UHV alumna to open new junior high school in Katy

University of Houston-Victoria graduate Patti Shafer will be the first principal of the new WoodCreek Junior High School in Katy Independent School District.


Patti Shafer
Patti Shafer
“It’s exciting to be able to open up a school, hire your staff, start new traditions that you know will last, and help these students be successful in their futures,” Shafer said. “It’s quite an exciting adventure.”


Shafer is hiring 69 employees to staff the new school for its opening for the 2008-2009 school year.


Shafer earned two master’s degrees in education from UHV. The first in 1985 focused on curriculum and instruction, which allowed her to become certified to teach special education. The second one in 1993 focused on administration/supervision and allowed her to become an assistant principal at Patti Welder Magnet Middle School in Victoria.


Without UHV being in Victoria, she said she probably wouldn’t have gotten either master’s degree.


“I had young children and was teaching and raising a family,” she said. UHV made it possible for her to further her career in a significant way.


Her experiences at the institution also prepared her for the tremendous task she is now performing by taking a school on its maiden voyage into the sea of education.


“UHV is why I am where I am. That’s why I felt I did a good job as an assistant principal; my classes were excellent,” she said.


Shafer’s skills and abilities drew the attention and strong support of her superiors in Katy ISD.


“When Katy ISD selects principals for our schools, we look for strong instructional leaders who can interact effectively with staff, parents and teachers to create a high-quality learning environment,” said Alton L. Frailey, superintendent of Katy ISD. “At no time is that role more important than opening a new school, when a principal is responsible for every detail necessary to building a successful school from the ground up.”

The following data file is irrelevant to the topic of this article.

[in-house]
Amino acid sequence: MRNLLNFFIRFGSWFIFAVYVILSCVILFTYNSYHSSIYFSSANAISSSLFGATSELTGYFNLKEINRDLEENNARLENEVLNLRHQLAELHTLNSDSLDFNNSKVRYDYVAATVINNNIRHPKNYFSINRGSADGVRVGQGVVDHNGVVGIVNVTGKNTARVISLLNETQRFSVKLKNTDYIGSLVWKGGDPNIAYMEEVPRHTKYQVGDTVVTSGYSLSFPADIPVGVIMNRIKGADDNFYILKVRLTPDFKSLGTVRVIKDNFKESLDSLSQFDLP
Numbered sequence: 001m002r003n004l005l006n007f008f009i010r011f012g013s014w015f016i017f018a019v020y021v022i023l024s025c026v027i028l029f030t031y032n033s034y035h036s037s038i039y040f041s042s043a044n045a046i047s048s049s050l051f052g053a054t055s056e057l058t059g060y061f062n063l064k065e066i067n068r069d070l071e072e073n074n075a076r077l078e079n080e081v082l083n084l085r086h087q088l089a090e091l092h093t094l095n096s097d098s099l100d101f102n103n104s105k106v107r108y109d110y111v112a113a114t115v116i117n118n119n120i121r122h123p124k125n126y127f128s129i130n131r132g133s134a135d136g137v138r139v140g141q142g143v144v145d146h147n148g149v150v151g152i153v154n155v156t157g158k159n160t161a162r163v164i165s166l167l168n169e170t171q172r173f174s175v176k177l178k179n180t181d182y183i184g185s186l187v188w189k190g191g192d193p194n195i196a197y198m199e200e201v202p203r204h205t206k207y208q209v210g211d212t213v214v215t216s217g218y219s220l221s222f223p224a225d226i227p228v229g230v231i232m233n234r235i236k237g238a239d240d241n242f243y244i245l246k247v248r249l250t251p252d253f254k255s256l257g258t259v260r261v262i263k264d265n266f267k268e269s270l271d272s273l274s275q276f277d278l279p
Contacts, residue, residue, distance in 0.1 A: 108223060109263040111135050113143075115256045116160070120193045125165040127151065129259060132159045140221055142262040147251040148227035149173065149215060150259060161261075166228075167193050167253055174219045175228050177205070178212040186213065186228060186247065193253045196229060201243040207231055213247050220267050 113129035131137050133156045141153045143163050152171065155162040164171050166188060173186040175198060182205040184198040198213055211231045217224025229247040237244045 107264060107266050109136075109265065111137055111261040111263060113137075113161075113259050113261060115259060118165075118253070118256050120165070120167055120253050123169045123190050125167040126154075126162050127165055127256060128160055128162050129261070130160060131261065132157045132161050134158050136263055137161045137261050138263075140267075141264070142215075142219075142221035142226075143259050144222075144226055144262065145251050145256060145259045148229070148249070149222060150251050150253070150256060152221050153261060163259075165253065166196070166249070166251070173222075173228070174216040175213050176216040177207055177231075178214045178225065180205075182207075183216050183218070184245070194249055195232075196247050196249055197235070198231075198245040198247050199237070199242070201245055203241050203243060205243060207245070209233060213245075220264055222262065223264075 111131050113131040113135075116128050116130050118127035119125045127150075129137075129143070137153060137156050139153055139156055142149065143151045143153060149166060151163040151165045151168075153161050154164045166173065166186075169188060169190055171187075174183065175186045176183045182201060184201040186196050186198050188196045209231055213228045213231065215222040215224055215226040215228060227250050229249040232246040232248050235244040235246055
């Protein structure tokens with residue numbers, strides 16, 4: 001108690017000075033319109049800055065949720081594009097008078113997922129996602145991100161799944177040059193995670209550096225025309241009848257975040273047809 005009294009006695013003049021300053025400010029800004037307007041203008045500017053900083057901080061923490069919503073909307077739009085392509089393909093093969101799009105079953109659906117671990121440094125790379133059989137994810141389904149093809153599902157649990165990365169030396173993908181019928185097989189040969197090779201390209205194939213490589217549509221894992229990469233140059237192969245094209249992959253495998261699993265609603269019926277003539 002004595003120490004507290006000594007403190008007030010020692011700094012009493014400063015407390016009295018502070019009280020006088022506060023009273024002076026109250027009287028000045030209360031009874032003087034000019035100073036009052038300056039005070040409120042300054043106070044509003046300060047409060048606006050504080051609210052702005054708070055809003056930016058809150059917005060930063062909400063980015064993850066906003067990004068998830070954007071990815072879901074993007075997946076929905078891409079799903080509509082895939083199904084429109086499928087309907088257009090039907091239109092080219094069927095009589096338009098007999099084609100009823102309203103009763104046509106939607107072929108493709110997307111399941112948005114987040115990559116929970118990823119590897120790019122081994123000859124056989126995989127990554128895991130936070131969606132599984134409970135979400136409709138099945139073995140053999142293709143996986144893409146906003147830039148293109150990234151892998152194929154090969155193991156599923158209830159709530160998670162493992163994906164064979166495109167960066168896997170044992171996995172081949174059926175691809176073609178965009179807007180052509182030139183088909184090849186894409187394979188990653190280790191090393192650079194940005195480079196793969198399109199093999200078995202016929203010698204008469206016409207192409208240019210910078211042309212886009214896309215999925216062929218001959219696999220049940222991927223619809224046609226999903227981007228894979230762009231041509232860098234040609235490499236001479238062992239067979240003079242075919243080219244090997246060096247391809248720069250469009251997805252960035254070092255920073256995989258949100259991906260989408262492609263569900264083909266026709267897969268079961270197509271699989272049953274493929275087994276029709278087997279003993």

Patti Shafer met all of those qualifications, he said.


“The combination of her leadership skills, positive attitude and energy gives me great confidence that she has the experience, resourcefulness and vision to ensure a successful opening for WoodCreek Jr. High School next fall.


Shafer has been in education for 32 years now and plans to keep at it for at least five to 10 more years.


“The best measure of a school is the quality of its graduates,” said John Stansell, dean of the UHV School of Education & Human Development. “Graduates like Patti Shafer make our school shine brightly.”


Few principals will ever get the chance to open a school in their careers, but the school strives to make sure all its graduates are capable of mastering such a huge task, he said.


“Patti Shafer is proof positive that we have succeeded,” he said.


Graduates like Patti Shafer show just how wide of an area UHV impacts.


“Our graduates are bringing positive change to this region, this state and, with the continuing development of our international programs, the rest of the world,” UHV President Tim Hudson said.


Through innovative programs like study abroad opportunities and the new Global MBA degree, UHV has a presence in countries like Mexico, Britain, India and China, he noted.


“We are very proud of what Patti is accomplishing for her students, her school, and the world of education as a whole,” Hudson said.

The University of Houston-Victoria, located in the heart of the Coastal Bend region since 1973 in Victoria, Texas, offers courses leading to more than 80 academic programs in the schools of Arts & Sciences; Business Administration; and Education, Health Professions & Human Development. UHV provides face-to-face classes at its Victoria campus, as well as an instructional site in Katy, Texas, and online classes that students can take from anywhere. UHV supports the American Association of State Colleges and Universities Opportunities for All initiative to increase awareness about state colleges and universities and the important role they have in providing a high-quality and accessible education to an increasingly diverse student population, as well as contributing to regional and state economic development.

Thomas Doyle 361-570-4342